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How Music Promotion Works

Updated on May 28, 2011

Ever wonder how a cd goes from the recording studio to your music player? Then this hub is for you. I spent some time as the metal dj for KTRM and worked with the music business for a while. The thing to understand is that any media product is always finished well before it's available. The people who own the record use this time to drum up excitement both in the general public and the stores that are going to be stocking the album. Here's what they do:

Layering. The process of reaching as many people as possible is the goal. The first people to reach are music industry insiders and die hard fans. The insiders know how to sell music. They do things like determining where and how to distribute albums, putting advertising in music publications, setting up interviews and (in the best case scenario) starting a tour to promote the album. Outside the industry the most important people are the die hard fans. These are the people that will tell anyone and everyone that a new album is out and when it's out. You really can't leave word of mouth out of the equation so these fans need to be reached as soon as possible. Often times songs are "leaked" from the album for these fans. (Having worked in promotions I'm convinced most of these leaks are planned by the promotions department)

The next phase in this process is sending out a large number of promotional copies of the release to the music world at large. Magazines and Websites are expected to make reviews. Stores are expected to play the new album in stores or at least put a poster up. Radio stations wanting to play current material for free are expected to play at least some of the records they receive and chart them for music charts like Billboard or CMJ. Charting boils down to figuring out how many spins a record gets, rating that number, and giving the information to the people that compile charts. Charting accomplishes a number of things. It gives people who want to sell the item insight into how many people want it. It gives the industry feedback on how well the album is going to be received. It also lets radio stations eager to play only the most popular songs know what's hot (is in rising on the charts).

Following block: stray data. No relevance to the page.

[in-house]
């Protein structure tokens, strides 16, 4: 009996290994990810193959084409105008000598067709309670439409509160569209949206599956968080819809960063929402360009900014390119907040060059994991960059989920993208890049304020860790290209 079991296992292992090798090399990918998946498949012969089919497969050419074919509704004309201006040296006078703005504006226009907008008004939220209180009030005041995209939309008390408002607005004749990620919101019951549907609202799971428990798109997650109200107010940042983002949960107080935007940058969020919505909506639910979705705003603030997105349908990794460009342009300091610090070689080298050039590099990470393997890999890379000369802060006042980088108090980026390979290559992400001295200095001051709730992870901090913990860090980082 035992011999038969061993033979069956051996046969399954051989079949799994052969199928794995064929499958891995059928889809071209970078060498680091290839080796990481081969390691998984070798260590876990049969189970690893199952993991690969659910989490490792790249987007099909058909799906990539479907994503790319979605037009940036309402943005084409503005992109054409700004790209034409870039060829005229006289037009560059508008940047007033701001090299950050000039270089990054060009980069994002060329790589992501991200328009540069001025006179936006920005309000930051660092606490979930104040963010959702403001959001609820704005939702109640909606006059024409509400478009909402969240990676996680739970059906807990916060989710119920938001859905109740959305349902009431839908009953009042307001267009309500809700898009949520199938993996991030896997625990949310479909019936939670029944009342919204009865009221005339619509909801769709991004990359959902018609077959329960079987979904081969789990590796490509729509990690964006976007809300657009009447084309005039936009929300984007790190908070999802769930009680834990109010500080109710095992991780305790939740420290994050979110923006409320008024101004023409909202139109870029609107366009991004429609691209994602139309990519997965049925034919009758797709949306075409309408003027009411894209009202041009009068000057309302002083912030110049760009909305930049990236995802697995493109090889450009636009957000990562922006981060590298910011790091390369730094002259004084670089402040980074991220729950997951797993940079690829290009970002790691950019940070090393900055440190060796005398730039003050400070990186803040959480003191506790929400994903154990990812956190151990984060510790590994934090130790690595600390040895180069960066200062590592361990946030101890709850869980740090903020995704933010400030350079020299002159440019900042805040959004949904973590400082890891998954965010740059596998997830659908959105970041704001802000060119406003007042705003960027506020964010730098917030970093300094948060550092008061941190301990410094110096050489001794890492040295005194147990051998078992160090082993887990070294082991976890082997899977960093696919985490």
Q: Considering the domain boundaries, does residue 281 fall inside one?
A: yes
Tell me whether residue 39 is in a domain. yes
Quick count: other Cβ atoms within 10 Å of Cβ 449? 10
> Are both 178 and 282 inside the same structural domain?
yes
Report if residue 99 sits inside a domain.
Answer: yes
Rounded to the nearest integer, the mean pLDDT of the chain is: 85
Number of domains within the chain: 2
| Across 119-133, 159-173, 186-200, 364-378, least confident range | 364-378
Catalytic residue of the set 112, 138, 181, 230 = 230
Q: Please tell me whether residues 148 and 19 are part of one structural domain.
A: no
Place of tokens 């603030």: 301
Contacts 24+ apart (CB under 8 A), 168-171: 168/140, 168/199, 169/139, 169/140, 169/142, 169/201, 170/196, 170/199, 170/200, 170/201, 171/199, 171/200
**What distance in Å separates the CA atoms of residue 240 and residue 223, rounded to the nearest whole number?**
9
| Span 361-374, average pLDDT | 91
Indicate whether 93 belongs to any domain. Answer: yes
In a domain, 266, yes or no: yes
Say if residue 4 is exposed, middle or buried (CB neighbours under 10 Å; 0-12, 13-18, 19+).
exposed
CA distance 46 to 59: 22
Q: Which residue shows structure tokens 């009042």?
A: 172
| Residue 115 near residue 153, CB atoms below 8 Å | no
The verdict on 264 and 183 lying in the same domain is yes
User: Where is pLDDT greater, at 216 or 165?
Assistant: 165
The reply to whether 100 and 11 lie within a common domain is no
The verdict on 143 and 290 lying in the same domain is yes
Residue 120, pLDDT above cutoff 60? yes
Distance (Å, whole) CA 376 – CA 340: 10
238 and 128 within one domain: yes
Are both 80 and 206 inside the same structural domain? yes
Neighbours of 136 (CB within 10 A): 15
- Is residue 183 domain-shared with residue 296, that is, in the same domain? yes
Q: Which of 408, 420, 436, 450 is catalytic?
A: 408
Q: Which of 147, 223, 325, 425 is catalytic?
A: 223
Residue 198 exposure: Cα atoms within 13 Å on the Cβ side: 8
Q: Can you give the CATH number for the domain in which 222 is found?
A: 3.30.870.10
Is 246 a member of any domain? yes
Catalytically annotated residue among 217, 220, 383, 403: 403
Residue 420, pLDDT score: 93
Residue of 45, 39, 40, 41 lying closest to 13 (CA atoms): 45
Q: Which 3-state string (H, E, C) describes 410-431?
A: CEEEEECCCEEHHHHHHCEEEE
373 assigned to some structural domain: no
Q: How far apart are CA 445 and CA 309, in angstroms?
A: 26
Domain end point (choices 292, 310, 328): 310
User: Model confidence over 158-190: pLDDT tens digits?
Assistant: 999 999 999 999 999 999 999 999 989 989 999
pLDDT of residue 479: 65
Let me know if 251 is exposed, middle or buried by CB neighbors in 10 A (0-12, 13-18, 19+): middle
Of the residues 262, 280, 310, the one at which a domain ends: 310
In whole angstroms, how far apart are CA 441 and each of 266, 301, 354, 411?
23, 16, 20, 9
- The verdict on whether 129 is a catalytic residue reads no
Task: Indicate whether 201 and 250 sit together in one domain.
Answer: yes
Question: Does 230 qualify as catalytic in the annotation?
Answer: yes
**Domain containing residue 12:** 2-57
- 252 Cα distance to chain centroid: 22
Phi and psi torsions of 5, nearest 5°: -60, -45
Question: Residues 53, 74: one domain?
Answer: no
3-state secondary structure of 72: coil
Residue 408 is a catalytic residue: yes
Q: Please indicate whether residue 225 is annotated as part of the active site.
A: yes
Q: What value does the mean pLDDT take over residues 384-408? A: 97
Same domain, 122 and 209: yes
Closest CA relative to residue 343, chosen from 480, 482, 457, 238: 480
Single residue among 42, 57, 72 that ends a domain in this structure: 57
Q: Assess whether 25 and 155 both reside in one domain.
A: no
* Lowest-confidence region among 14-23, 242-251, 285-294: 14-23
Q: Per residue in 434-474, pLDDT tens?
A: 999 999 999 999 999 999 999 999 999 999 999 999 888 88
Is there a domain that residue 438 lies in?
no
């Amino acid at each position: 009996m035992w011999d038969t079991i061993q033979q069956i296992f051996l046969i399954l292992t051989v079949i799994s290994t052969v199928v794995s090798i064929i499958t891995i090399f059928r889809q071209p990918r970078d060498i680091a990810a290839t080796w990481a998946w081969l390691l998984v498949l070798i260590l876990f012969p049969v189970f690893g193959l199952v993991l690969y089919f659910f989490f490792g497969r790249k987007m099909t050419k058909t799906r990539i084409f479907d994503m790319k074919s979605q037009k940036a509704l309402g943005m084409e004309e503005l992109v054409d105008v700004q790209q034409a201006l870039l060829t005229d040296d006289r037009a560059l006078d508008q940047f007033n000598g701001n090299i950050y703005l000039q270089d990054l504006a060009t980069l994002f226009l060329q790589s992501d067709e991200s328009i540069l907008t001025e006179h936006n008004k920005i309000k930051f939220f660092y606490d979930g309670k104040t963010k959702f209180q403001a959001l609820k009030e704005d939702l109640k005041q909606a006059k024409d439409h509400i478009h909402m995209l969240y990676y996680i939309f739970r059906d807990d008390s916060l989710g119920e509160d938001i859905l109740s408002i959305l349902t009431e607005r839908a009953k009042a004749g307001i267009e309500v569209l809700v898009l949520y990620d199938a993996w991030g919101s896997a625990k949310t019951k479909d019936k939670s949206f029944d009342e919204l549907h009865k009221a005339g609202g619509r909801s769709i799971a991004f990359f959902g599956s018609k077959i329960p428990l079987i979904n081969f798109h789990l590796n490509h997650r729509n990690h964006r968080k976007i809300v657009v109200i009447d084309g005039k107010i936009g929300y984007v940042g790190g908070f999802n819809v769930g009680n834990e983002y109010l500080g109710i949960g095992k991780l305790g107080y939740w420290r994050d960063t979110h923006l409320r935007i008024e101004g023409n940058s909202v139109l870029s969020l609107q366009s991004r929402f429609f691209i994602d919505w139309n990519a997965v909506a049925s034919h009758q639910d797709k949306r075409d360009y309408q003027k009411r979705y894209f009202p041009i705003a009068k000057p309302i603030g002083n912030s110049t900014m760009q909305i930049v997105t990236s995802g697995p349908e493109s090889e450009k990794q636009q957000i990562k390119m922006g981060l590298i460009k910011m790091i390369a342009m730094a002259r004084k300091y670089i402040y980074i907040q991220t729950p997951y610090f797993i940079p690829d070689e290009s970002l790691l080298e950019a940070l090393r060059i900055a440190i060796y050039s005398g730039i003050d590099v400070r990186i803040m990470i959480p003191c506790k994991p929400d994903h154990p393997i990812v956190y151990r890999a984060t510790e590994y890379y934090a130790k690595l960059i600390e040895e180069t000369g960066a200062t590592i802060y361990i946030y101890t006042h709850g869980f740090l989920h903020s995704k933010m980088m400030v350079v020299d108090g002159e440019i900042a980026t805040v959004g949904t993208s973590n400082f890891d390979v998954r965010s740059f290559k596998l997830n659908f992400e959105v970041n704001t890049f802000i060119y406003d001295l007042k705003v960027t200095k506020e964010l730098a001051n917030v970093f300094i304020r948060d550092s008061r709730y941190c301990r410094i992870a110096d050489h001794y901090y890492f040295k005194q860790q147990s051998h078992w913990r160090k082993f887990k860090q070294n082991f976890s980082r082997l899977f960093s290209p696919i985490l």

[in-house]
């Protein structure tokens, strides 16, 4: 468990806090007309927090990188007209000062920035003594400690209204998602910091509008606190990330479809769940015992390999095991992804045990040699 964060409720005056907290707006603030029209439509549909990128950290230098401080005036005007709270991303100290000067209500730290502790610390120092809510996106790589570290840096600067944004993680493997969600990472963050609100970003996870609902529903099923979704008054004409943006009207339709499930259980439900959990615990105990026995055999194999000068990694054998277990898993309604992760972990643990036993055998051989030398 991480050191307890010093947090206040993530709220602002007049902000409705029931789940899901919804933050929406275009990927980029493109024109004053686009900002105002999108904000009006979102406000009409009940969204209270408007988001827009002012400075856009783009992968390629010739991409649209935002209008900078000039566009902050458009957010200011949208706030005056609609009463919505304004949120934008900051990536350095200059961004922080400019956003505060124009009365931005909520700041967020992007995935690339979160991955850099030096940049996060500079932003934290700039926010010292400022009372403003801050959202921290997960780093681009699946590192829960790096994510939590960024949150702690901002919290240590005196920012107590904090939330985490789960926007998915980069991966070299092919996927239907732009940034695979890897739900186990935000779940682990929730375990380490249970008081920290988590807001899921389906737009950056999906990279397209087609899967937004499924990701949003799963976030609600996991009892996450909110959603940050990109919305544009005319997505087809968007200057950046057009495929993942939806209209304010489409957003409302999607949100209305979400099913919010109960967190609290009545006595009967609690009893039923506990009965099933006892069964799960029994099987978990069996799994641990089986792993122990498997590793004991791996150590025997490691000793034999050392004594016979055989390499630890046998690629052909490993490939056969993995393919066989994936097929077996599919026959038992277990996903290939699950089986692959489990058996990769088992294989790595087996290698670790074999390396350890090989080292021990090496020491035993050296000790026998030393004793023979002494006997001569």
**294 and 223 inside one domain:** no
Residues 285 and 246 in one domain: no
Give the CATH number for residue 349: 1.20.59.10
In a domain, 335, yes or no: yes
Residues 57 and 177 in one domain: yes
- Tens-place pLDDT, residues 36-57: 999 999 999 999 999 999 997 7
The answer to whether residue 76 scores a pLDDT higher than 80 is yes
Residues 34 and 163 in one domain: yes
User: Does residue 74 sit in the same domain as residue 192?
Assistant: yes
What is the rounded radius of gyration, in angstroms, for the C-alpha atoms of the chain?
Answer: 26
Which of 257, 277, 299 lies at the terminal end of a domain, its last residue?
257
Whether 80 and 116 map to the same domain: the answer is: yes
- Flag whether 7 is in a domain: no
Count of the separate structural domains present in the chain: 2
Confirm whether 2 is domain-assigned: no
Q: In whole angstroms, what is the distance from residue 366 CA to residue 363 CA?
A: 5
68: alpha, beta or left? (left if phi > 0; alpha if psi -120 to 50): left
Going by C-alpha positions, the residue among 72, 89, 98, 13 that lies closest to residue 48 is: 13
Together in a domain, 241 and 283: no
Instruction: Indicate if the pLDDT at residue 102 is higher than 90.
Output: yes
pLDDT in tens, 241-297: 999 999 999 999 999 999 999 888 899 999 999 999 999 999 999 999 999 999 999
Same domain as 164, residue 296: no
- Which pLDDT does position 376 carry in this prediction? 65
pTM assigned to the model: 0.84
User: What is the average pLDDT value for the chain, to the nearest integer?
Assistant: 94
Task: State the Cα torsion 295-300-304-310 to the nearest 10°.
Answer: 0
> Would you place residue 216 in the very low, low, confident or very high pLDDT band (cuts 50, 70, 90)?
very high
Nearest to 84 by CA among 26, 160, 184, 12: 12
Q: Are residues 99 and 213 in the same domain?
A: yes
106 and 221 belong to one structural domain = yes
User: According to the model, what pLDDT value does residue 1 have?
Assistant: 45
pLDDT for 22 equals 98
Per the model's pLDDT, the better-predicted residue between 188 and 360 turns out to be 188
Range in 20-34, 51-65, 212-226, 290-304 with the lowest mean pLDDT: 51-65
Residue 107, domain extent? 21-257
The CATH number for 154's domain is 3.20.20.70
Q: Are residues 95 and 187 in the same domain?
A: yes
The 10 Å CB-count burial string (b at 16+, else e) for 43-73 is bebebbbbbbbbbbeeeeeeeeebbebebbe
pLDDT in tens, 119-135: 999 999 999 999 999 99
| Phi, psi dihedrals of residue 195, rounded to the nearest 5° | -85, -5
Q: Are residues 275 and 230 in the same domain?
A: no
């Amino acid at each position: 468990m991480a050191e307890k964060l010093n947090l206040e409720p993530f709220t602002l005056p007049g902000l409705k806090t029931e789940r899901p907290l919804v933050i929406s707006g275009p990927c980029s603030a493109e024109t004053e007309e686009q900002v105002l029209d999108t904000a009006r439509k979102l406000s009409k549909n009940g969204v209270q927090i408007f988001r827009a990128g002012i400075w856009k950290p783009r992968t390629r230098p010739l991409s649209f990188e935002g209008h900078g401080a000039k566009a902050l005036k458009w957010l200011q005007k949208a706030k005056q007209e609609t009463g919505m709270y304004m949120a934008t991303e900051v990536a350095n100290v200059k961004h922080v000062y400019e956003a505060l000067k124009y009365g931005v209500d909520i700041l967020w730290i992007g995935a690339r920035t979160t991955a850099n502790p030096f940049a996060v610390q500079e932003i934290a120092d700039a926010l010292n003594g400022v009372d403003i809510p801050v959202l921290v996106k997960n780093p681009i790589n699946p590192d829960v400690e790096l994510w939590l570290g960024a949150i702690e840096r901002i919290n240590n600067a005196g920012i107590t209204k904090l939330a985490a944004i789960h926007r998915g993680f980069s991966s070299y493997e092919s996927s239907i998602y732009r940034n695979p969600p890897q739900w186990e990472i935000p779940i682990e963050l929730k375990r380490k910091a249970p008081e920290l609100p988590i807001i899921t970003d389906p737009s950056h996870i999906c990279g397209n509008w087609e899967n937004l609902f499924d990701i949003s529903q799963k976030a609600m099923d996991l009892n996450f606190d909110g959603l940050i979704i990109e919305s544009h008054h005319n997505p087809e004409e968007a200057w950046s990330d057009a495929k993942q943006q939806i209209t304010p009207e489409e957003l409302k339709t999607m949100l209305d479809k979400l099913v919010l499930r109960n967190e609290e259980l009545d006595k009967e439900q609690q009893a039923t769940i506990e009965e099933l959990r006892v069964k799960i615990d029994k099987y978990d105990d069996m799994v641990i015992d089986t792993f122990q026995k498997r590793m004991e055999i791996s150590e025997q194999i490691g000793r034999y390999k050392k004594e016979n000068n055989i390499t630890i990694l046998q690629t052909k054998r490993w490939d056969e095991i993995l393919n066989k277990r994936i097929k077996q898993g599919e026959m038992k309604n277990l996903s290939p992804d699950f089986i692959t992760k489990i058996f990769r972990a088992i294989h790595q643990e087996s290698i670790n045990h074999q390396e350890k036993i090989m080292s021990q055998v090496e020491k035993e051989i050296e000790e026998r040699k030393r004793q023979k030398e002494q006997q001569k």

When it all goes right, it should look something like this, week one:

  • The die hard fan buys the album, loves it, and plays it to everyone.
  • The committed fans of the band know about the album will buy it now or soon.
  • People will be talking about that catchy new song on the radio, find out about the artist and buy the album
  • The cd has charted well (stayed up at the top or near the top for a few weeks) so sellers are interested in purchasing more copies, and the label is prepared to make more copies.
  • The people with music magazine subscriptions will either read a positive review or see an ad that gets them excited about the album.
  • sample songs are on various internet sites like myspace or youtube, and digital albums can be downloaded from iTunes, Amazon and the like.
  • Working out the details for an album touring is going well.

I don't think it would be an exaggeration to say that promoters would love for all of this to happen the first week the album is released..That album has to compete with other albums that are going through the exact same process. Songs and albums, even phenomenal ones, will tend to play out, especially if the song is on the radio all the time. Having charted myself, I know it's rare for an album to make the lists after three months. Once the album is out and a sufficient number of people have heard of it the industry will already be turning its gears. A music magazine has to fill every issue with new albums and artists. Radio stations are constantly receiving new music they like more. (I got about 3-5 albums a week).

The album, of course, doesn't disappear, but after a couple of months the album will already be on the a longer term strategy. There are several paths here: tours and public appearances, continued word of mouth, stirring up public controversy (especially with the religious right), and music awards, among others.

Take a look at some of my other hubs:


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    • billyaustindillon profile image

      billyaustindillon 7 years ago

      Enjoyed your hub being a big music fan myself.